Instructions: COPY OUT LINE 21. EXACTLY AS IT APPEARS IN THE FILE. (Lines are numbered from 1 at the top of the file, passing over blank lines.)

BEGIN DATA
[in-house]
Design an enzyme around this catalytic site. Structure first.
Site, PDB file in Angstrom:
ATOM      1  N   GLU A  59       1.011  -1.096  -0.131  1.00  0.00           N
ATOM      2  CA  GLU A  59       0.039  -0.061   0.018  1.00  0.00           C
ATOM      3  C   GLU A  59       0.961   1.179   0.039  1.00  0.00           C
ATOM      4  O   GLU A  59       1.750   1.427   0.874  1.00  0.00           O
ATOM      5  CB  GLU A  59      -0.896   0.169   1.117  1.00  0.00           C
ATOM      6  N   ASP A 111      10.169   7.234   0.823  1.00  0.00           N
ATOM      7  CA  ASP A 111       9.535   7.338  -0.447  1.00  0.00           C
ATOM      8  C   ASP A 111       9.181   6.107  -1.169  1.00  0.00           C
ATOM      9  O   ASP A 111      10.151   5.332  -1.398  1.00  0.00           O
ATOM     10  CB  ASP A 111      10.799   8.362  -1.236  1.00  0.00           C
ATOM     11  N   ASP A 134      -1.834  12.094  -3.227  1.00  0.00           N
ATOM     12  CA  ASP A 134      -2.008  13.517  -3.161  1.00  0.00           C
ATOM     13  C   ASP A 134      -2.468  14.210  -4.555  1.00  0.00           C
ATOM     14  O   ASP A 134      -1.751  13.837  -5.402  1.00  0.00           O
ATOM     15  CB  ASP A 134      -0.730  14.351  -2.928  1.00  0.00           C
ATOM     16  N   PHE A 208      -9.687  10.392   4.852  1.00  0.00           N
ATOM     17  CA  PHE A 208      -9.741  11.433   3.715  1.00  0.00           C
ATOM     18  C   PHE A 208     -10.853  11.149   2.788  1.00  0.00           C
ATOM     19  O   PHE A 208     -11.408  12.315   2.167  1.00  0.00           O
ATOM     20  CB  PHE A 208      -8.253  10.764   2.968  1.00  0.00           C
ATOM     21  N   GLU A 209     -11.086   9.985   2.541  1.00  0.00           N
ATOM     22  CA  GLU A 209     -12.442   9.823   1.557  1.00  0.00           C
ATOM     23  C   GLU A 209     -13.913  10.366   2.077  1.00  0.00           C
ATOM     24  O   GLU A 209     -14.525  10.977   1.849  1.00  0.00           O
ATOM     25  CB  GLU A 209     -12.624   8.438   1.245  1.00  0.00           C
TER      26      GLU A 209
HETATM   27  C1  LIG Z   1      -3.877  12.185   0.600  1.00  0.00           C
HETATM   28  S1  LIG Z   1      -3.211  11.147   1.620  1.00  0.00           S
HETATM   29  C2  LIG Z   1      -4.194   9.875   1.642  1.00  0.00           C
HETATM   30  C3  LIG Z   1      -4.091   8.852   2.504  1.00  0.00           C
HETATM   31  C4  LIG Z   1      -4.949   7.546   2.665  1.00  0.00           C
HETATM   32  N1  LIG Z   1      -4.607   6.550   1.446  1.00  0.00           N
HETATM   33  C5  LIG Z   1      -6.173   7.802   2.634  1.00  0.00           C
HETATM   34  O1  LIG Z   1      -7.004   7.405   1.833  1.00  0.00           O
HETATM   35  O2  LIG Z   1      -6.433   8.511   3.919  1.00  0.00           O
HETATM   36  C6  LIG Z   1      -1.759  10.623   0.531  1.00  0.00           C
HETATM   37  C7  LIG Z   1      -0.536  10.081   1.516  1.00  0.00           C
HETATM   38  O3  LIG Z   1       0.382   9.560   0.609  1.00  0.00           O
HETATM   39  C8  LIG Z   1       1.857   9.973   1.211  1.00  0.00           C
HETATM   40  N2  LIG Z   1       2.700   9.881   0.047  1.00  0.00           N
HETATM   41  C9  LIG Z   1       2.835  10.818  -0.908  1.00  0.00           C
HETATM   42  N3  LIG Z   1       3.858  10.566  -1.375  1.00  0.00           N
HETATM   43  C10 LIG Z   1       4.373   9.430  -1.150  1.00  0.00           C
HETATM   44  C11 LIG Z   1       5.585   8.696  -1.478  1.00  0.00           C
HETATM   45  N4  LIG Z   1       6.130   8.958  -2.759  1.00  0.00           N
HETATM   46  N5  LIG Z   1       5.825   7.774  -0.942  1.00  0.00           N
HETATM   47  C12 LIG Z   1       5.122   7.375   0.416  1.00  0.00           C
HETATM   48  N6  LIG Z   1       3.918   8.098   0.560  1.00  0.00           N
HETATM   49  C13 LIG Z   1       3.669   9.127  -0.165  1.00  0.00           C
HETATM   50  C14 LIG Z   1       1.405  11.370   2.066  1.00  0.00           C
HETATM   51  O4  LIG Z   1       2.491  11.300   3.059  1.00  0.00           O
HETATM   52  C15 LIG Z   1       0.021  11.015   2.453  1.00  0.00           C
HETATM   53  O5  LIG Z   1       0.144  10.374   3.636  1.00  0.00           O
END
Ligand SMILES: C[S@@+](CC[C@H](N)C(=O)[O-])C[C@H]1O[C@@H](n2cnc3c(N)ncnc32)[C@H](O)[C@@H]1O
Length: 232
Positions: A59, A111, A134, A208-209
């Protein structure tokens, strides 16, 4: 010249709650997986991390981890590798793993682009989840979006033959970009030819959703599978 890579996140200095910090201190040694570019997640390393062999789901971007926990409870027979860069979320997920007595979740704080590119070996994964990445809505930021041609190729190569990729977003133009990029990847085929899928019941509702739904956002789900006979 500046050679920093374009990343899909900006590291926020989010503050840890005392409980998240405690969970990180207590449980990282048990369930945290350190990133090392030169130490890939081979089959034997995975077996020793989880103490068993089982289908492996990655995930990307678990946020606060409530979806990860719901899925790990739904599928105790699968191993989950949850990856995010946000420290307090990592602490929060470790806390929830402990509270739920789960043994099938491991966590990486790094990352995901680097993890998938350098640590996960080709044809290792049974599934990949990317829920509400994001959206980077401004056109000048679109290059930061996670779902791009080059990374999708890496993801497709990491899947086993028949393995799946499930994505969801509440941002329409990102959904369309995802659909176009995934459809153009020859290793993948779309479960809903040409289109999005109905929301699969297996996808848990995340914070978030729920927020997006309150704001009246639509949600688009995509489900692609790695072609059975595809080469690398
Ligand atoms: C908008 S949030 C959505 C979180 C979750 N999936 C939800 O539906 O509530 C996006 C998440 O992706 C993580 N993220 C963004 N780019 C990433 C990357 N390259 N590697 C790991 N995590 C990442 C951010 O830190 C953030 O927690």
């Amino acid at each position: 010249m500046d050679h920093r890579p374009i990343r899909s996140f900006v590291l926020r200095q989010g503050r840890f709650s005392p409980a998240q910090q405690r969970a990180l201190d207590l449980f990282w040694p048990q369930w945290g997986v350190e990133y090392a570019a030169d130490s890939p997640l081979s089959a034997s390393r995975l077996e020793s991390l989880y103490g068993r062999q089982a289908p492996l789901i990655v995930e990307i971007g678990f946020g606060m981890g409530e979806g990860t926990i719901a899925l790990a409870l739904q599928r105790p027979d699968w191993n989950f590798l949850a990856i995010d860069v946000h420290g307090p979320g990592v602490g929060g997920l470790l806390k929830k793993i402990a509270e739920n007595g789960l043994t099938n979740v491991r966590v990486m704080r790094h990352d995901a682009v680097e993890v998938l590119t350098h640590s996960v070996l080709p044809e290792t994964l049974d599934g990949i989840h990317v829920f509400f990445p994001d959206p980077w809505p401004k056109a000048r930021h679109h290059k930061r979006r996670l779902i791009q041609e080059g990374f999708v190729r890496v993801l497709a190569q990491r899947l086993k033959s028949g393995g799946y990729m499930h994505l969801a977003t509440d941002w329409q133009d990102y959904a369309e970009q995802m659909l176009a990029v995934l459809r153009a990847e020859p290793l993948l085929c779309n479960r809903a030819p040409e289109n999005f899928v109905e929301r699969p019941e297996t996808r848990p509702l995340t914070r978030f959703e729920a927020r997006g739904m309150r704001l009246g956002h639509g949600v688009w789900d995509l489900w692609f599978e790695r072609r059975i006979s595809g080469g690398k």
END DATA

ATOM     18  C   PHE A 208     -10.853  11.149   2.788  1.00  0.00           C